On hidden executives and call-centre parrots
I needed to change my mobile connection’s plan and spent about half an hour trying to figure out if it was possible to do that online, on the service provider’s website. Finally when I found the option, it was a three-step method. That too would be okay – just that it took over a month for that three-step method to materialize.
Anyway, I followed the three-step method, post which I was supposed to get a confirmation message as well as a call from the company within a day. Neither of the two happened. This being a low-priority task slipped out of my mind too. Somewhere I believed that the request had been taken and the plan would begin from the next billing cycle.
A month went by and the same bill reached me again. I realized that both the company and I had made a mistake. They did not call to confirm and I did not call to complain. So, I decided to call the customer care on its three-digit number and experienced the ordeal of the average not-really-aware customer (for whom the executive is a madam or a sir) calling the telecom call centre.
I hope somebody from their office reads this.
Annoying Element 1
The three-digit number takes you to the interactive voice response (IVR) menu that starts with the company’s promotional recording trying to sell you an additional service. This is especially irritating for those who are calling to complain about the service. A new service is the last thing on the complainant’s mind.
Annoying Element 2
You simply cannot reach the customer care executive unless you have Googled, especially if you are an existing subscriber. I kept fiddling with all possible options in their IVR menu, but those were pre-recorded messages with no option to reach an executive. Finally, when I Googled, I realized that the best option to reach the executive was to choose the ‘I am not an existing customer’ option and then the ‘interested in subscribing’ option. That takes you to the sales executive pronto.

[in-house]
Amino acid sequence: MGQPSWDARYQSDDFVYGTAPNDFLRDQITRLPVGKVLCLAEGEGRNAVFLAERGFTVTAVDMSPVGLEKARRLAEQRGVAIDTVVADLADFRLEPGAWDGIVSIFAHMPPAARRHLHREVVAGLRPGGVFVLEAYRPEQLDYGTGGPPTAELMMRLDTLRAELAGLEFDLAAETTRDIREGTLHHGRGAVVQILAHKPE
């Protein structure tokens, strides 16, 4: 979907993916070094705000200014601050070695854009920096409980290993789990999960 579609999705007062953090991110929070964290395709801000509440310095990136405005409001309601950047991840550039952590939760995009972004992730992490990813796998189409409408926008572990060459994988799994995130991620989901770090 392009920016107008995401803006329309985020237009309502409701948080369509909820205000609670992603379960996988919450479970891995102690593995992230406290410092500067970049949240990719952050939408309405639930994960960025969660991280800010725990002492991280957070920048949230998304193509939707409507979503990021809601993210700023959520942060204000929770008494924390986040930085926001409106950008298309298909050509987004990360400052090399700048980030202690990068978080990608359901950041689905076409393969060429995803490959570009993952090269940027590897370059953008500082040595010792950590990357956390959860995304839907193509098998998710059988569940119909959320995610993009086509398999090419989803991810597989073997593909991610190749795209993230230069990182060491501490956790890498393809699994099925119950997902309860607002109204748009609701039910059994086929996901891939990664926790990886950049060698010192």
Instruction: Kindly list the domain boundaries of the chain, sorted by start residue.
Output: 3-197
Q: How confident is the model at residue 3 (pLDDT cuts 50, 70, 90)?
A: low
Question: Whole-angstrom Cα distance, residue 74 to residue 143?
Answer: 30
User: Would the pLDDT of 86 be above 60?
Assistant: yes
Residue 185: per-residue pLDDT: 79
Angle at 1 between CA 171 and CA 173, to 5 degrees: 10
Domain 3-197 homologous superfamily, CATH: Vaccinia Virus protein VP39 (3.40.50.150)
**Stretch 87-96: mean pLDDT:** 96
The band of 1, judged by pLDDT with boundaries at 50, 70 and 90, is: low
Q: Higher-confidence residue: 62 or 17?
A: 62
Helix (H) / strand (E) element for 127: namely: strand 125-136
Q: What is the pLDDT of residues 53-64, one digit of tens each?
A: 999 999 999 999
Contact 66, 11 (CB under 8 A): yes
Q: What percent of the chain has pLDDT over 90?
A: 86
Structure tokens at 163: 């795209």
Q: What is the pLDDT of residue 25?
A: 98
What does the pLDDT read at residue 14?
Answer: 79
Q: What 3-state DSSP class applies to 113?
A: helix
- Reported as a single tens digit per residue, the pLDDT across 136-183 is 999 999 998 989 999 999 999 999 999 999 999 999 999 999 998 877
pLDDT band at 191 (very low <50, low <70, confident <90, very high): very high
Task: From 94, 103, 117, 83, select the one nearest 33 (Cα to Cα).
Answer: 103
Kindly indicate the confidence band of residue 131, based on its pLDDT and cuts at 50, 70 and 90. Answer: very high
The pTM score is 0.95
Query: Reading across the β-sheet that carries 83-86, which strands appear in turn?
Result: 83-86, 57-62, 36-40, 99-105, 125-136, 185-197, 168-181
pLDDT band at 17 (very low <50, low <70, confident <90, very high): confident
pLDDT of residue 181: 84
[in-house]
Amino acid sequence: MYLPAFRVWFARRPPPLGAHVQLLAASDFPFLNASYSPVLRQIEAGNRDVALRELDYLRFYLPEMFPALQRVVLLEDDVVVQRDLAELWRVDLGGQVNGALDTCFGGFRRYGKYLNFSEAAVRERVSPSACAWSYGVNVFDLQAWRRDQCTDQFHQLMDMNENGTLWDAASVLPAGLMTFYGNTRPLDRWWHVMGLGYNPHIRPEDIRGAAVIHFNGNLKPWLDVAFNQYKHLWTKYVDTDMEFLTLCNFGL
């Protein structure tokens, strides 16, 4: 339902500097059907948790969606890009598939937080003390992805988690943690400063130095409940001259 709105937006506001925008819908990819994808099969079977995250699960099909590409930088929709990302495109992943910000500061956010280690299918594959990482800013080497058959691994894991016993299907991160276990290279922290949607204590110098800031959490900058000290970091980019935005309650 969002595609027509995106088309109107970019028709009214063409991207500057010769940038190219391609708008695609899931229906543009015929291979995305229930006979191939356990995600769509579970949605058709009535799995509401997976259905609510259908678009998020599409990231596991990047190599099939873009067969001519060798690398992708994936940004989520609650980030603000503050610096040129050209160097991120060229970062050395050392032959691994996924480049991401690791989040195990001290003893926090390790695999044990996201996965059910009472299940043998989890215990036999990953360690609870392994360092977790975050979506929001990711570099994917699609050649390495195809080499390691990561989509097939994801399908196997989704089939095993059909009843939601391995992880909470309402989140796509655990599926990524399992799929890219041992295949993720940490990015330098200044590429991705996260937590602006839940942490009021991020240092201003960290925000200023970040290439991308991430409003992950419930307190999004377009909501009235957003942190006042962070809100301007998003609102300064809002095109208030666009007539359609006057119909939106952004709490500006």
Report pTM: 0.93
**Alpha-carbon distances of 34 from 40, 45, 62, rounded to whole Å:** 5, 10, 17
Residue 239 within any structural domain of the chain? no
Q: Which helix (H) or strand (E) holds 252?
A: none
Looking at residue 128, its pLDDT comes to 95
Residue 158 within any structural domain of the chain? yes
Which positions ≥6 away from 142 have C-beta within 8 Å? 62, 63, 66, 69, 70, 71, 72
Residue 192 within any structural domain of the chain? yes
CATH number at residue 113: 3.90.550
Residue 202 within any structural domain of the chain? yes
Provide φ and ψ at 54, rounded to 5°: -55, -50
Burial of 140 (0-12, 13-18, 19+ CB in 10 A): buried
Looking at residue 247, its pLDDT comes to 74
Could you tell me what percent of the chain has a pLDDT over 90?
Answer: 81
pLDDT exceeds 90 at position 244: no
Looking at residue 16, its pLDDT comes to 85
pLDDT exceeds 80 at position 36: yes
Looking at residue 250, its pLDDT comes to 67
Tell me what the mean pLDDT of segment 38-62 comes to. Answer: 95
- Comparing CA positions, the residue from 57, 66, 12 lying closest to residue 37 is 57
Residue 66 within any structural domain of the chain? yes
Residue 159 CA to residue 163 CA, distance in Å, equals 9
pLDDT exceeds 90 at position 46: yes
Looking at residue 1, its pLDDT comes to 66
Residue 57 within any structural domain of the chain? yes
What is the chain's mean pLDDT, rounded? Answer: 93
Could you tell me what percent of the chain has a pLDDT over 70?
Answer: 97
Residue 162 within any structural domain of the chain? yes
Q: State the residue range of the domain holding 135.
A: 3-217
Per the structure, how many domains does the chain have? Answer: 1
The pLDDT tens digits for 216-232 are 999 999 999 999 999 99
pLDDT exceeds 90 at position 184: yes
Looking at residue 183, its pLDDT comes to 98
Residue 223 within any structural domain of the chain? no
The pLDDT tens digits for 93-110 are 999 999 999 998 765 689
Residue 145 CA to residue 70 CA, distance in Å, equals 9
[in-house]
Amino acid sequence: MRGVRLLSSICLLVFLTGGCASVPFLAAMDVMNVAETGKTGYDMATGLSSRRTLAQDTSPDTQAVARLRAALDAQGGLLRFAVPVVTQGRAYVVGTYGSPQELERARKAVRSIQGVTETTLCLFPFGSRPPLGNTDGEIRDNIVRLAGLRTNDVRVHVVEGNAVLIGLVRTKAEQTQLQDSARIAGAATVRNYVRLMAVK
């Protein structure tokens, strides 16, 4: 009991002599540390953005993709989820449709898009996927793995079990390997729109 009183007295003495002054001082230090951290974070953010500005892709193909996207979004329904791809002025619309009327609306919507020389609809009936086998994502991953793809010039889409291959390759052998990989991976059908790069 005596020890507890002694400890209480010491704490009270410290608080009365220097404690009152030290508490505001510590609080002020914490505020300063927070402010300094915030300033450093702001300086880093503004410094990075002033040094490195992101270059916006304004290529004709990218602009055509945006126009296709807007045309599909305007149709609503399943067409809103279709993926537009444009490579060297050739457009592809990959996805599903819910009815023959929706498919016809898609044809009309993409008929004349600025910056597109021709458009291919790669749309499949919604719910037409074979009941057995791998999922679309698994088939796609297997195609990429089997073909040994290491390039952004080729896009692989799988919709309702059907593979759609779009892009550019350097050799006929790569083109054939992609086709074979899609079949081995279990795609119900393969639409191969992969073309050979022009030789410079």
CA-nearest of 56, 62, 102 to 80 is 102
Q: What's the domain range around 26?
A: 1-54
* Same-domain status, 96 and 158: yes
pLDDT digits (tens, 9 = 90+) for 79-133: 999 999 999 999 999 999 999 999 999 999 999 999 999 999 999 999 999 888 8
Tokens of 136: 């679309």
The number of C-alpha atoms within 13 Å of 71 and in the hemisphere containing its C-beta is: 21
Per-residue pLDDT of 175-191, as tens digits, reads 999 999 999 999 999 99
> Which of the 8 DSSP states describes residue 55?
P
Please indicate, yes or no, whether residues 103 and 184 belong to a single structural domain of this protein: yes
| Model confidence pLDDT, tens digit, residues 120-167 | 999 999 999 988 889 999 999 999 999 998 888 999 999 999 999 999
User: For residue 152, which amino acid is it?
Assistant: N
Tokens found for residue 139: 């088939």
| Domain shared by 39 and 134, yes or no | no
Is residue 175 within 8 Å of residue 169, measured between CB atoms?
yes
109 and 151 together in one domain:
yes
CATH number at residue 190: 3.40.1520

Annoying Element 3
Once you have found the executive and heard his mechanical greetings, you have to find the supervisor/manager. Yes, in case you do not have routine/oft-repeated questions, you will have to speak to somebody who is marginally more sensible and has some authority. The executives who generally are the first contact point are more like parrots. For example, if you ask them about exact procedure of plan change, they’ll repeat what’s already there on the website. However, if you have any additional query – as in ‘what if I do not get a call back’ – they will have no answer.
Annoying Element 4
They will never remember you or your complaint. So, if you call up for a follow-up on a complaint, you have to repeat the entire story again, whether or not you have a reference number from your previous conversation.
Companies can justify some of these issues citing various challenges. However, these may not go down well with customers. I believe any executive responsible for attending to customers’ call on behalf of a company represents the company’s attitude towards their customers. So, when I faced an apathetic executive, I realized I had made a bad choice.